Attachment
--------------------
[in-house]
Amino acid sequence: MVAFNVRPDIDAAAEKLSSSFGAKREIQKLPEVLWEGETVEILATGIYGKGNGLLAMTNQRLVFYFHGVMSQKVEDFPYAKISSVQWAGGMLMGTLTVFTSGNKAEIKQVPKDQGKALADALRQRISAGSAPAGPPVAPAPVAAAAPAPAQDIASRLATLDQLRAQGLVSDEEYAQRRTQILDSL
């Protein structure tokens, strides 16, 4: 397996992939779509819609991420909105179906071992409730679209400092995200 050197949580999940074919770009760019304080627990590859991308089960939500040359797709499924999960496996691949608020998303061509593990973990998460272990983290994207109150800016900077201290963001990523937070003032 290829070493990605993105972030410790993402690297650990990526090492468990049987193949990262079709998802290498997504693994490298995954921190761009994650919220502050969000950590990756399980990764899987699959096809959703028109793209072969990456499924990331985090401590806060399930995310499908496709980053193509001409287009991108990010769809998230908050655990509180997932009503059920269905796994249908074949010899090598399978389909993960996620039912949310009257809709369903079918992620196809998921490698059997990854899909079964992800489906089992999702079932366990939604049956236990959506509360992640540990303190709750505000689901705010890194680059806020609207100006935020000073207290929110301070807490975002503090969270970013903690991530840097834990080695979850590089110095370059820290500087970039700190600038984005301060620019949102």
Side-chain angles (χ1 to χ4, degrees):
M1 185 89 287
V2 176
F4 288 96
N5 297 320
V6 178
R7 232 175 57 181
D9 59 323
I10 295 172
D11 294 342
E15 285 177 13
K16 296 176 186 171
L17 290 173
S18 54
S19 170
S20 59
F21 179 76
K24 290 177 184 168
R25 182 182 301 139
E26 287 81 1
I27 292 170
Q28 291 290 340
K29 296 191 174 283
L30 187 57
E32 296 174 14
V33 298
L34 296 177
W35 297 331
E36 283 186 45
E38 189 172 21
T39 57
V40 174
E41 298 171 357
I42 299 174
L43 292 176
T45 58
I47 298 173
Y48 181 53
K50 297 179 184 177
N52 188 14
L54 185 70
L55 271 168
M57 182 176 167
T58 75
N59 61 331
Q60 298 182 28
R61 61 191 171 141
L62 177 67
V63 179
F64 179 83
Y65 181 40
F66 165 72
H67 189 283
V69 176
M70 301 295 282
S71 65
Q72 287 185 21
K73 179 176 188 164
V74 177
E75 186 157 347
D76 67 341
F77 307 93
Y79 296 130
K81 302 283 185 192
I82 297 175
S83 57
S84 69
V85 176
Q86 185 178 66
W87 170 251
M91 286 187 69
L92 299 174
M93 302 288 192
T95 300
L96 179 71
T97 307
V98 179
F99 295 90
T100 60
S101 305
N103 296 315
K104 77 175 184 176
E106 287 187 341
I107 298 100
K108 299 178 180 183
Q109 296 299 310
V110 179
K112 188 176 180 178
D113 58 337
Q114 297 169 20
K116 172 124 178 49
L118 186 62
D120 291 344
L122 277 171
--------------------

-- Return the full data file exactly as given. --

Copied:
[in-house]
Amino acid sequence: MVAFNVRPDIDAAAEKLSSSFGAKREIQKLPEVLWEGETVEILATGIYGKGNGLLAMTNQRLVFYFHGVMSQKVEDFPYAKISSVQWAGGMLMGTLTVFTSGNKAEIKQVPKDQGKALADALRQRISAGSAPAGPPVAPAPVAAAAPAPAQDIASRLATLDQLRAQGLVSDEEYAQRRTQILDSL
């Protein structure tokens, strides 16, 4: 397996992939779509819609991420909105179906071992409730679209400092995200 050197949580999940074919770009760019304080627990590859991308089960939500040359797709499924999960496996691949608020998303061509593990973990998460272990983290994207109150800016900077201290963001990523937070003032 290829070493990605993105972030410790993402690297650990990526090492468990049987193949990262079709998802290498997504693994490298995954921190761009994650919220502050969000950590990756399980990764899987699959096809959703028109793209072969990456499924990331985090401590806060399930995310499908496709980053193509001409287009991108990010769809998230908050655990509180997932009503059920269905796994249908074949010899090598399978389909993960996620039912949310009257809709369903079918992620196809998921490698059997990854899909079964992800489906089992999702079932366990939604049956236990959506509360992640540990303190709750505000689901705010890194680059806020609207100006935020000073207290929110301070807490975002503090969270970013903690991530840097834990080695979850590089110095370059820290500087970039700190600038984005301060620019949102």
Side-chain angles (χ1 to χ4, degrees):
M1 185 89 287
V2 176
F4 288 96
N5 297 320
V6 178
R7 232 175 57 181
D9 59 323
I10 295 172
D11 294 342
E15 285 177 13
K16 296 176 186 171
L17 290 173
S18 54
S19 170
S20 59
F21 179 76
K24 290 177 184 168
R25 182 182 301 139
E26 287 81 1
I27 292 170
Q28 291 290 340
K29 296 191 174 283
L30 187 57
E32 296 174 14
V33 298
L34 296 177
W35 297 331
E36 283 186 45
E38 189 172 21
T39 57
V40 174
E41 298 171 357
I42 299 174
L43 292 176
T45 58
I47 298 173
Y48 181 53
K50 297 179 184 177
N52 188 14
L54 185 70
L55 271 168
M57 182 176 167
T58 75
N59 61 331
Q60 298 182 28
R61 61 191 171 141
L62 177 67
V63 179
F64 179 83
Y65 181 40
F66 165 72
H67 189 283
V69 176
M70 301 295 282
S71 65
Q72 287 185 21
K73 179 176 188 164
V74 177
E75 186 157 347
D76 67 341
F77 307 93
Y79 296 130
K81 302 283 185 192
I82 297 175
S83 57
S84 69
V85 176
Q86 185 178 66
W87 170 251
M91 286 187 69
L92 299 174
M93 302 288 192
T95 300
L96 179 71
T97 307
V98 179
F99 295 90
T100 60
S101 305
N103 296 315
K104 77 175 184 176
E106 287 187 341
I107 298 100
K108 299 178 180 183
Q109 296 299 310
V110 179
K112 188 176 180 178
D113 58 337
Q114 297 169 20
K116 172 124 178 49
L118 186 62
D120 291 344
L122 277 171